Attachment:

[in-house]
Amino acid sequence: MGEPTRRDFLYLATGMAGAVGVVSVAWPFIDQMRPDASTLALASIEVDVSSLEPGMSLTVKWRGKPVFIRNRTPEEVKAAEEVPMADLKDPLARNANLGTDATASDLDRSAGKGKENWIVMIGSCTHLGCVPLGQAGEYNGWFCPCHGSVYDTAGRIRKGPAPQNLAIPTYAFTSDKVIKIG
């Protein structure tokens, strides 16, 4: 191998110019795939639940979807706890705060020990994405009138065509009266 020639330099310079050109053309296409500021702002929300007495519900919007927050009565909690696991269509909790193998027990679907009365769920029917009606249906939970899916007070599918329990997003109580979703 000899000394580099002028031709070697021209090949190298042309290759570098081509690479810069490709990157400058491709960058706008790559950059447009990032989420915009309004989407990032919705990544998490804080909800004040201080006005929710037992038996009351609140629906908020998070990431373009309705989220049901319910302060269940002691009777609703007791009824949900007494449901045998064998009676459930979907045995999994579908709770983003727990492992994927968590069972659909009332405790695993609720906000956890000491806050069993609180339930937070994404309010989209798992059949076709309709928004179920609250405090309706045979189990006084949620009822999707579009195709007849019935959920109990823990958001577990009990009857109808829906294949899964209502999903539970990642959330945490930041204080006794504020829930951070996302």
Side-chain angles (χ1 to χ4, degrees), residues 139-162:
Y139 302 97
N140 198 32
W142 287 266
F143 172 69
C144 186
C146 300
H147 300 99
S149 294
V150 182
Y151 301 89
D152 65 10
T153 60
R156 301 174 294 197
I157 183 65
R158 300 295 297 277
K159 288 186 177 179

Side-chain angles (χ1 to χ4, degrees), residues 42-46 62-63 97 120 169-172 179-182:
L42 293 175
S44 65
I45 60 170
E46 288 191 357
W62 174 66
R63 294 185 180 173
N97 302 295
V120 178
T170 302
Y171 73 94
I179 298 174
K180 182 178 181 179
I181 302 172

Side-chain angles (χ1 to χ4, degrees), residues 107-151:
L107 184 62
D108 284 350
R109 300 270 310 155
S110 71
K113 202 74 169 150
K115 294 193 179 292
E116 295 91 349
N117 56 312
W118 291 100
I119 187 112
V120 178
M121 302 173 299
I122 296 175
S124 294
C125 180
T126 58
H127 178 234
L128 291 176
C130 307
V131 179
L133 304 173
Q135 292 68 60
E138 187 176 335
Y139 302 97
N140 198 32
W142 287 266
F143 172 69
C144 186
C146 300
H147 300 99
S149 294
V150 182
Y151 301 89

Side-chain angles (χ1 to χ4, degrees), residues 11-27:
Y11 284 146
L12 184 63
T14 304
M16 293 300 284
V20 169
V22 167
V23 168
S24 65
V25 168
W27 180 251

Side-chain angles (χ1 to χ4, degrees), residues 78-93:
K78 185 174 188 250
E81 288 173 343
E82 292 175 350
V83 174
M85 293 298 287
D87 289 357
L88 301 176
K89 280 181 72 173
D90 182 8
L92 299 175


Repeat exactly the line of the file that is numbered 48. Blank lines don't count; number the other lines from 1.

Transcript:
I122 296 175